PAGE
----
So, we've had this little mind game going on for some time now, me and cheese fondue. The score was zero-three and I was losing. I'd been absolutely mystified why it was so tough for me. Until now. Take a look! I didn't even have a proper fondue pot.
With a small effort on my part, I figured out some of the reasons behind my past failures. I found a website that gave really detailed instructions, reinforcing my insistance that fondue is actually much more complicated than most recipes let on. Did you know there's a reason that you use wine and from Savoy when making fondue savoyarde? It's because Savoy wine is sufficiently acidic and the acid is what melts the cheese. I should say melts the cheese properly, without being stringy. Most recipes call for lemon juice to help the wine along. If you ask me, wine from Savoy isn't all that great. So, if you are using a wine that isn't very acidic, you are going to need more lemon juice. I used a dry reisling from Alsace, opened the previous day (to ensure proper acidity, of course) and thankfully it worked because I didn't have lemon juice. I also learned that the proper ratio of wine to cheese is about 6-7 tbsp. wine for every 6 oz. of cheese, which may help if you are working with odd amounts. You will need to dice the cheese, not grate it, since it melts better. Also, the type of cheese is up to you, but a really mature cheese like most of the cheese from Savoy will melt and taste better than a grocery store emmenthal.
So, armed with some science, I went for it. I started with less wine than called for to ensure I wouldn't have runny fondue. I stirred the wine and cheese together in that god damn figure 8 motion like a robot for about 15 minutes, adding the cheese in small handfuls and praying it would do something already! Finally, the cheese gradually melted and the fondue thickened. I had to baby it, but it rewarded me in the end.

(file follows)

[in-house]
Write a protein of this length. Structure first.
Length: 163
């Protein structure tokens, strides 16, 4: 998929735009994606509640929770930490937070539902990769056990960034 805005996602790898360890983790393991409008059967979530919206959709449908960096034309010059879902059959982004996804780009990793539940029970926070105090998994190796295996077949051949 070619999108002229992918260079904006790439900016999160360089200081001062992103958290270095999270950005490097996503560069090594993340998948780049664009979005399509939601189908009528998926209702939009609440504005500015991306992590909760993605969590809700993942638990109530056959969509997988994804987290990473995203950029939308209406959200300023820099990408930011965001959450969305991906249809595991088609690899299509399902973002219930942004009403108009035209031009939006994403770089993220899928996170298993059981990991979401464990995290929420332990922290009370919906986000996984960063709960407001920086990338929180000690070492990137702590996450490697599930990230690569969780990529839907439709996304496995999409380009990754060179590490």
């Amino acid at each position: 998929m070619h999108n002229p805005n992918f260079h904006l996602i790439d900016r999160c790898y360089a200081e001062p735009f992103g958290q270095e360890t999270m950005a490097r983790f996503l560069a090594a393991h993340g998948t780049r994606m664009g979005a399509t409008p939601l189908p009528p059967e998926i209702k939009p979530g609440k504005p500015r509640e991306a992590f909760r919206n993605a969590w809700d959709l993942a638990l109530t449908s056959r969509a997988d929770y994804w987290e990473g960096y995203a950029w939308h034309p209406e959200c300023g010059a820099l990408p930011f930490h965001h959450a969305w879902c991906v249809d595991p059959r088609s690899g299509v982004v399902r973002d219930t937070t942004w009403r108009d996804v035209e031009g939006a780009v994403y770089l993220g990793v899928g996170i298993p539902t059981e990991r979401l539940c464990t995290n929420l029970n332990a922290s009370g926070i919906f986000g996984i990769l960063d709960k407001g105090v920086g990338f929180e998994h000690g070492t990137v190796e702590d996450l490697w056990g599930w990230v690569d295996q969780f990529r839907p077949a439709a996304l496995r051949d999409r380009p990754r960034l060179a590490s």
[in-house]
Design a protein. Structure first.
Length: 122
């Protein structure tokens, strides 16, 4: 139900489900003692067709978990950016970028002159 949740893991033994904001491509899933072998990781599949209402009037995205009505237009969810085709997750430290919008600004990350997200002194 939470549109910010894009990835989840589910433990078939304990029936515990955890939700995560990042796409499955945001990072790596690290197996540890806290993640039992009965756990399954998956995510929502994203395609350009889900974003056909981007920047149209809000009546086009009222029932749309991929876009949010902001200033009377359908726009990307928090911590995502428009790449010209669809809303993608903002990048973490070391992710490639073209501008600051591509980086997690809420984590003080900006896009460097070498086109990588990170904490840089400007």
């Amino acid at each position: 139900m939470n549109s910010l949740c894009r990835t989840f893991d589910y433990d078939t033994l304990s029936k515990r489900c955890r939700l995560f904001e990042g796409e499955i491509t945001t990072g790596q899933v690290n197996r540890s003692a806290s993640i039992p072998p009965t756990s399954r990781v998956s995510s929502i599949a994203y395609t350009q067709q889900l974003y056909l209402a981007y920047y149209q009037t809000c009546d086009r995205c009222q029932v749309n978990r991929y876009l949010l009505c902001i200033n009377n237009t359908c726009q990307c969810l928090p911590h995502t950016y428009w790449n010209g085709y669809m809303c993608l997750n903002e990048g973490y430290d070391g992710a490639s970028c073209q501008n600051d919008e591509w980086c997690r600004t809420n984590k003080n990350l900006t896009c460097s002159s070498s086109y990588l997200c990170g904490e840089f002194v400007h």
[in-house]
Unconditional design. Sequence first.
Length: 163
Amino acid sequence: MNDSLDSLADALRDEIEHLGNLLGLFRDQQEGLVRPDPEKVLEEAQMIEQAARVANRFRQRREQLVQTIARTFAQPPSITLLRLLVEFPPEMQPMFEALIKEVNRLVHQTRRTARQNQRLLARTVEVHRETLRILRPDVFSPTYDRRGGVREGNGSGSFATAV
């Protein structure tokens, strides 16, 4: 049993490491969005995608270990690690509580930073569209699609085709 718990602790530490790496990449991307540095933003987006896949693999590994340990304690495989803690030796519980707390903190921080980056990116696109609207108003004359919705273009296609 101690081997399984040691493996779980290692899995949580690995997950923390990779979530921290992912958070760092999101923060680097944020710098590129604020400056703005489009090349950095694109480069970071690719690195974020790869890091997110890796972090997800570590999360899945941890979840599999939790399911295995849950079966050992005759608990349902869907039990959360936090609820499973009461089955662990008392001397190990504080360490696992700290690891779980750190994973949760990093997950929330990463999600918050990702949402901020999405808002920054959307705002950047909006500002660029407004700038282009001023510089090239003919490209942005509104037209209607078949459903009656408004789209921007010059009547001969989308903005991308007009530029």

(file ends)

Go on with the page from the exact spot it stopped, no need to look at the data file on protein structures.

Here's my successful Fondue Savoyarde recipe.
2 cups dry white wine (step away from the chardonnay!) Dry Reisling or Savignon Blanc would be nice.
1 pound of cheese (equal parts Gruyere, Beaufort (or Comte) and Emmenthal for a traditional fondue, but is equally good with just gruyere and emmenthal)
3 Tbsp. flour
1 tsp. lemon juice
a splash of kirsch (cherry liquor) is traditional, but I think it's gross, so I don't use it.
Bourbon, sherry or whiskey would be nice.
Freshly grated nutmeg
Freshly grated pepper (use white if you're a purist)
one big beautiful baguette, cut into chunks (each should have a bit of crust!)
Add wine to a saucepan and heat over low heat. Dice the cheese into teeny-tiny cubes that are as small as you can manage without wanting to give up and order pizza. Combine the cheese and flour in a bowl. Just before the wine comes to a simmer (do not boil), add a few handfuls of the cheese and stir with a wooden spoon or heat-safe spatula in figure 8 motions. For some reason it seems important that you not just stir clockwise. Turn the heat up to moderate and keep adding more cheese as you notice the previous addition melting. Add some lemon juice if you think it isn't coming together. It might not thicken for awhile, but just be patient. When your fondue has thickened and all the cheese is added, stir in bourbon or sherry, pepper and nutmeg.
If you think your fondue is too thick, you can add more wine. Just do so a little at a time because if you add a lot of cold liquid, your fondue will seize on you and probably smack you in the face as well. If your fondue is too thin, add more cheese, keep it on medium heat, keep stirring and add a bit of lemon juice. My problem in the past was that when the fondue came together, thickened and had a good texture, I most likely had a bunch of cheese still sitting in that bowl, covered in flour, saying, "use me! I'm expensive!" It would get the best of me and I would just throw the last bit of cheese in (against my better judgment) and hope it would melt. Well, I've learned not to fool around like this. There is something really strict about making fondue, as if you're feeding the wine. When it's done, it's done. Not even Grandma can get it to take another helping. So, don't tempt fate.
That's my cautionary tale. What a shame that no one could witness my glory, but on the upside I got to eat it all myself!*
*Disclaimer! I halved the recipe.